a reply to: mrperplexed
I don't work in that world, but I am going to chip in anyway.
The ability to provide context to a situation, by shooting video, taking pictures, or making a report from a scene, is no longer the sole territory
of the professional journalist. For some time now, it has been possible, indeed common, for the most candid, on scene reportage and visual information
on an event, from a protest march to a natural disaster, to come not from a news crew or official journalist, or from a professional photographer or
videographer, but from an ordinary person with a common, every day item on their person, who happens to be on the scene and able to contribute
information to a news network, like the BBC, ITN, CNN, Fox or whomever. All too often in fact, its Facebook that breaks stories first, social media
beating the professionals to the punch has become pretty standard, since nothing beats a distributed system with nearly globe spanning reach, at
getting data shuffled around from the very moment a thing starts to happen.
More and more people get their news exclusively from the social media platforms and the internet places that they frequent, rather than watching the
news on the television, more people than ever before in fact. Anyone out there in the streets can make a report to the social media community. And its
not just on the spot coverage of things that are happening now, that makes some professional journalism appear to be slow off the mark (it isn't, but
we will get to that). We have had discussions right here on this site over the years, where conclusions were reached based on available evidence, ten
years prior to the news media even SUGGESTING a word of anything similar, leave alone proving it or having the proof necessary to make a story
Look at the situation with mass surveillance. Snowden's selfless sacrifice of his peace and freedom to live unmolested by the forces of tyranny, by
releasing data about the mass surveillance architecture in the United States, proved what we here on this website, had been discussing in some detail,
for a very long time, discussions started based on things like the behaviour of adware, the nature of the development of traffic monitoring systems
used in the internet by companies, and some strange "coincidences", coming together in the minds of members together and independently, to form an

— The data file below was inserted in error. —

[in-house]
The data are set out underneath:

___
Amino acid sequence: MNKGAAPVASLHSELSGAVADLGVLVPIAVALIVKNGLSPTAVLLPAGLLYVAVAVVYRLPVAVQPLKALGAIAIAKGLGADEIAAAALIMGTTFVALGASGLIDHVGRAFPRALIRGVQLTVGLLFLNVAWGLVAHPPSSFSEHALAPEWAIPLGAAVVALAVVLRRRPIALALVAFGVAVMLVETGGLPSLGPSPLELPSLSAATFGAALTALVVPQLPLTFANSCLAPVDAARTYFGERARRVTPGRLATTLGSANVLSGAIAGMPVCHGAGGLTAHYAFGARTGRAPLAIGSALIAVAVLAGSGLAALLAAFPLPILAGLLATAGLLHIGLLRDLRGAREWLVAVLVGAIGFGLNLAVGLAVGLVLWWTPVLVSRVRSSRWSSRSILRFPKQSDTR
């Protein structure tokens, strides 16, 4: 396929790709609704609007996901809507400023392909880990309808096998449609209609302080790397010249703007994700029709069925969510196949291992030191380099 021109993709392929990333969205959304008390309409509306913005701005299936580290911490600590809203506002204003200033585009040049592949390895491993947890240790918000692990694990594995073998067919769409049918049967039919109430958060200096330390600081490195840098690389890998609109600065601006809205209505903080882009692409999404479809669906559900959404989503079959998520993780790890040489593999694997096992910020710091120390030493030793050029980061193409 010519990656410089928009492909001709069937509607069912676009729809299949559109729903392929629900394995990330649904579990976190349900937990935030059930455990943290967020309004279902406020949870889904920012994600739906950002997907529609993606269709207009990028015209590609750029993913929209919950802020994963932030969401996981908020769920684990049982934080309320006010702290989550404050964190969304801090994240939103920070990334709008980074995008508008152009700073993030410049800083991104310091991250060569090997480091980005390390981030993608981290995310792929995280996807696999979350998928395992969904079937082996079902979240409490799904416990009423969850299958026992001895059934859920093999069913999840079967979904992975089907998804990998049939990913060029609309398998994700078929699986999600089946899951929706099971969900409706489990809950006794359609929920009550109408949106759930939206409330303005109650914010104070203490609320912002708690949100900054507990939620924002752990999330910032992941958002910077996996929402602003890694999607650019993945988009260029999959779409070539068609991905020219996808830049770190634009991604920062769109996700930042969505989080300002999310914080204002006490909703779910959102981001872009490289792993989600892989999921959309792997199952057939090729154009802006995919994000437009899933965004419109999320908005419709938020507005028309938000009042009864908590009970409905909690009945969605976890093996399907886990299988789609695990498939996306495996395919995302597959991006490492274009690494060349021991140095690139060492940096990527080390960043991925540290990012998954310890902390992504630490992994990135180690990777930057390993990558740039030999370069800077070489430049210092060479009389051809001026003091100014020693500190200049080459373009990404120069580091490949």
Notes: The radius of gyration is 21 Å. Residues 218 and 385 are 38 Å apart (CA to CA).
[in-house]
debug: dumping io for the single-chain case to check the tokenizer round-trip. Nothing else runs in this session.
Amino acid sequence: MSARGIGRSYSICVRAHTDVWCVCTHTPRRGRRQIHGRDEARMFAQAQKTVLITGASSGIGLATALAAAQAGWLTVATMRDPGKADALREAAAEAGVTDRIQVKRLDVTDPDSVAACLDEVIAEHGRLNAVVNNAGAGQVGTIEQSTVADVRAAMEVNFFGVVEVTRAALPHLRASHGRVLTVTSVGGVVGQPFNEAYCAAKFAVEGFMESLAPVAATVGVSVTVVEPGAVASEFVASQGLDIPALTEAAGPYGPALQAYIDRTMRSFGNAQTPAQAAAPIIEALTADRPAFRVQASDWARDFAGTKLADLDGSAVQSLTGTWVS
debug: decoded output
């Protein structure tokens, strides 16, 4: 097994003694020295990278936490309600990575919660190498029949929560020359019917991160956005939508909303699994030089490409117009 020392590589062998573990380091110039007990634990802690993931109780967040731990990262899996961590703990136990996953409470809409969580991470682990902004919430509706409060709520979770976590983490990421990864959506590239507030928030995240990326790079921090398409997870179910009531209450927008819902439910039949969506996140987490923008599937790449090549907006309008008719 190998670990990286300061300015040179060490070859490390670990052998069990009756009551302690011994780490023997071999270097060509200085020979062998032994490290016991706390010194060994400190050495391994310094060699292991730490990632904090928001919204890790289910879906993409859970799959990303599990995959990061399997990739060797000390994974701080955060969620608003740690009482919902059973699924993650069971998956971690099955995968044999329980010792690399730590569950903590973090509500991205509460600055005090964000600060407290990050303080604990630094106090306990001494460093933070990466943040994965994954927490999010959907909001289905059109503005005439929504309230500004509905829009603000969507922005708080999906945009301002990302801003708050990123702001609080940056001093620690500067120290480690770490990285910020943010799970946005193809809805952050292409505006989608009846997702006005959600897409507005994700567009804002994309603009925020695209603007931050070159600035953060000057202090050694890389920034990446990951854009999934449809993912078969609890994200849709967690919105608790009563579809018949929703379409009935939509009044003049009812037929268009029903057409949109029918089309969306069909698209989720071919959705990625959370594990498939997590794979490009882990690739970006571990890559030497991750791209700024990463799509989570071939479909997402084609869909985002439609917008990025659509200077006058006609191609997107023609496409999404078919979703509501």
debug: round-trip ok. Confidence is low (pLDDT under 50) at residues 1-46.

awareness in their minds, that it was probable that the NSA was running some kind of mass surveillance system. These conclusions were being reached
WELL before any published concerns on the part of the news media ever came up, and it was not until YEARS after I first heard the term mass
surveillance used on these very discussion boards, that Mr Snowden came forward and showed the world that there is at least one American who
understands that sacrificing anything for security makes the life you live afterward damned sight less than free.
The thing that slows down actual journalists of course, is that unlike opinion providers, they have to prove their work and be able to ensure their
stories pass some ethical tests, some tests of truth, and that there is no legal impediment to their publication, something which is important to the
companies they work on behalf of, owing to the costly nature of defamation cases and the like.
Technology has, and will continue to change the way we get and distribute information. Wearables, not just smart watches and fitbits, but practical
wearables, clothing with communications equipment built into it, and built to last, will be coming around the corner in the next ten to fifteen years
in a more comprehensive fashion than we have so far seen, meaning that it will not even be necessary to have your phone out to gather and distribute
data from the world around you. Just activate a part of the clothing you were already wearing, and presto, the camera built into your collar or
pocket, or your hat, will record what you see, displaying it on your sleeve for you to watch while you record.
Things are moving on, and the sorts of genie we have been letting out of the bottle of late, are the sort who never return from whence they came. AI
though, that is going to be a game changer. Imagine a system that uses all existing data in every digital format, to predict when and where events
that need recording for the future might occur, and deploys drones to record events as they happen, drones that arrive at the scene of a happening,
before the people around whom the events in question revolve. The news is going to become the olds much faster as time goes on, with one piece of
reportage becoming obsolete the very second it is uploaded to the network, one upped by the video someone or something else is shooting, somewhere
else, or from a better vantage point.
Journalism will eventually become a purely investigative thing, I think, where the only actual people reporting anything, are those who are
interested in events from many moons ago, and getting to the bottom of what actually happened and who was responsible for a given event, as opposed to
heaping piles of on scene reportage and boatloads of accompanying propagandism.
Things are going to be interesting in a lot of ways, not too long from now, for journalism and journalists, and for everyone else too. Everything is
changing, from tech to philosophies. Despite the backward steps of the immediately recent years, the trend is for progress in all things, and some of
the routes that appears to be taking things down, are paths with fascinating destinations.
Anyway, sorry to blather on. I know I am not the preferred respondent to a thread like this, but thats my two pence either way.
11-9-2018 by TrueBrit because: (no reason given)